Guest comment by Aymen Mahmoud
At the opening of play, 2021 looked an unpredictable path to tread. It looked potentially like driving through a minefield. With a return to travel restrictions after the holiday season of 2020, uncertainty over government stimulus and support and the expectation of market correction and restructurings, participants could be forgiven for expecting a year of fluctuations.
Clearing banks and corporate treasurers had been in close contact over liquidity lines for a year and those banks seemed to want to exercise caution.
However, beneath that dynamic of trepidation was fatigue at a year of reduced activity, a desire to transact and a very human desire to break free from the restraints of 2020. Coupled with incredibly liquid equity and credit markets (particularly in the private credit space), the market could just as easily move to loosen those bounds.
From as early as January 2021, indicators started to suggest the latter dynamic would prevail and for those participating in the market, the rest of the year may be a blur of activity. How then did expectation meet reality?
Despite the potential for doom and gloom, the private credit markets looked set, from the start of 2021, to continue their growth trajectory.
The ability to do larger and more complex deals without borrowers having to take any market or syndication risk is a growing factor in choosing private credit over traditional lenders in the large-cap space, and we will invariably see more billion-plus loans from the leading private credit institutions. While this remains a popular topic, it is only one of the many metrics that have propelled private credit forward.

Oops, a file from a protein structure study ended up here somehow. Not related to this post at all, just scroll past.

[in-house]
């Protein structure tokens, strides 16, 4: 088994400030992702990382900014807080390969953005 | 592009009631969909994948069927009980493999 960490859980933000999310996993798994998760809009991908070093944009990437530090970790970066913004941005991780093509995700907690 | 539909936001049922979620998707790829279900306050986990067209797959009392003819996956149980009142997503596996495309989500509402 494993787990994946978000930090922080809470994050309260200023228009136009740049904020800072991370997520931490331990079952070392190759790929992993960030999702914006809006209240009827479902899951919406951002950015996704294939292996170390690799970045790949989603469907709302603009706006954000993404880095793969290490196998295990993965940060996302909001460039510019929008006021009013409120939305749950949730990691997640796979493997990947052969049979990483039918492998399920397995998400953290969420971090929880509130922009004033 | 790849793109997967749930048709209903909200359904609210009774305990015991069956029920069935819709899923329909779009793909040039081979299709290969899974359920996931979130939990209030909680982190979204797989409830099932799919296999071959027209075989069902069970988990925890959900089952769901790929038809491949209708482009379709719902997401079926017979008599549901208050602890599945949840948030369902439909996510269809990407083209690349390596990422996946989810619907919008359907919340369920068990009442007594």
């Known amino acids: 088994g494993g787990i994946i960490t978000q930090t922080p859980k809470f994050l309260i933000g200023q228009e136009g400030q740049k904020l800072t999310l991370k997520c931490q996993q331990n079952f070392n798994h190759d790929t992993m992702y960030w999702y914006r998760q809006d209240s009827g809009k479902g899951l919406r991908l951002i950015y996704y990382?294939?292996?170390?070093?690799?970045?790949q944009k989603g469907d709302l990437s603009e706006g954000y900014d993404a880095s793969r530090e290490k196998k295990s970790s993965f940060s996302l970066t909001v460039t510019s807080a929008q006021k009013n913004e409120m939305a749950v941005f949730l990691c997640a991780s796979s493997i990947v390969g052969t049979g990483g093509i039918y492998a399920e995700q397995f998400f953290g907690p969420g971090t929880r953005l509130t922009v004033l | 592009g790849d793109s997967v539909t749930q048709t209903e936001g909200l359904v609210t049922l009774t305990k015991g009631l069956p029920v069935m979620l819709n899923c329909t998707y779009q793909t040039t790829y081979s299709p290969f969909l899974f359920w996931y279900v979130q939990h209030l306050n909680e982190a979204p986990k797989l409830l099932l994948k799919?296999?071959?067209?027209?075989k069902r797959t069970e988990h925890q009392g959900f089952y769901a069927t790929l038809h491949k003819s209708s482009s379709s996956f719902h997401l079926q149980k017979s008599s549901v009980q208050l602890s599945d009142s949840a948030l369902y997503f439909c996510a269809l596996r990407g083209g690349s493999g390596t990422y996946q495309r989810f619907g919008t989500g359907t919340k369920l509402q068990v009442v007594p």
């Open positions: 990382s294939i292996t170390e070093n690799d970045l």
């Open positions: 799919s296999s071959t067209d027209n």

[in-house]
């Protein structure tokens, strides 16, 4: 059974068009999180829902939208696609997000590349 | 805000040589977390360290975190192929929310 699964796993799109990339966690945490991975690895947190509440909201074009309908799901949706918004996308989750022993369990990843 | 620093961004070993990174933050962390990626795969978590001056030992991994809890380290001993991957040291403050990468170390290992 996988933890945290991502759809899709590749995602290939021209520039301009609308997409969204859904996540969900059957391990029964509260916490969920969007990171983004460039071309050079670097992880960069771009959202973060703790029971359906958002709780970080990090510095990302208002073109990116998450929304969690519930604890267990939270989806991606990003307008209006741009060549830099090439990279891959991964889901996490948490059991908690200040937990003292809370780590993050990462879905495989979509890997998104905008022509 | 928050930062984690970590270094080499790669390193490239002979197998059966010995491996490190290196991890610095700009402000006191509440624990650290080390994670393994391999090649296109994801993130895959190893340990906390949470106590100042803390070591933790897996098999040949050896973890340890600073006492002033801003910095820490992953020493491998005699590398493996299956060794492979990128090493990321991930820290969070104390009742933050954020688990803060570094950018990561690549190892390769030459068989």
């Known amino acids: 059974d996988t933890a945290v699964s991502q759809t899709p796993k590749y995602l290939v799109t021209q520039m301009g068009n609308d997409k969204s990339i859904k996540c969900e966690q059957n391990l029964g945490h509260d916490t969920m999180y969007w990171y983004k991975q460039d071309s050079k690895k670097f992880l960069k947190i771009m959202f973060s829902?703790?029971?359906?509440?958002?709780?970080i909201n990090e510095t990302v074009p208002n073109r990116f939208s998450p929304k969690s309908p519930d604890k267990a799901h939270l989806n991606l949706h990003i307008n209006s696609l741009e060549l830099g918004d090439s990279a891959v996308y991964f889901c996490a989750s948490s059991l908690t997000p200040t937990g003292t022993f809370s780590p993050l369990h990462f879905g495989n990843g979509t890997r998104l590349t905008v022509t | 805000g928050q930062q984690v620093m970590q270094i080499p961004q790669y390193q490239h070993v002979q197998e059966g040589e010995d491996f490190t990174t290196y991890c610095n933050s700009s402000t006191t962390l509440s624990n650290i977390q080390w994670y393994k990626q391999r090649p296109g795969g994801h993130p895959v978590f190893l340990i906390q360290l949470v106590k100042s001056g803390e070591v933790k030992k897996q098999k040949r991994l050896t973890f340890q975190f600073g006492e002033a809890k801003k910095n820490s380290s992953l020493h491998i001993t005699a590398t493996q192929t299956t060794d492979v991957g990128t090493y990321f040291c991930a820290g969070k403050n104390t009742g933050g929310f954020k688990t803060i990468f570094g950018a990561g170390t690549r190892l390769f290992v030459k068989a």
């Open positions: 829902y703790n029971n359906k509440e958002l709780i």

Historically, there has always been an understanding that private credit could be used to good effect: however, the more conservative private equity and corporate borrowers were sceptical about borrowing in a space that was unknown compared to traditional lenders.
The patience shown by the private credit market during the difficulties of 2020, coupled with the slower responsiveness and caution shown by the clearing banks, helped to solidify the thesis of patient and flexible private capital, unhindered by capital adequacy and other regulatory requirements. This is an important point to note as, to date, there has not been any meaningful sign that regulators will look to impede private creditors and that can only be a good sign for the credit markets in supporting growth. We expect those private credit markets to continue to go from strength to strength in 2022 and beyond.
Looking deeper into the economic system underpinning private markets, there is a large investor base seeking yield. With the availability of buy-side dry powder and the support of flourishing credit markets, the capacity to transact readily exists. Through private equity and private credit, institutions have experienced strong gains and capital deployment, and this has helped mitigate the relative quietness in the immediate period following the onset of the pandemic. This has undoubtedly contributed towards the sheer volume of transactions in the record-breaking markets of 2021 to date.
One slight wrinkle to the above has been the relative absence of clear opportunities in the distressed markets. This had led to some special situations and distressed creditors needing to be more creative in the search for opportunity to deploy capital.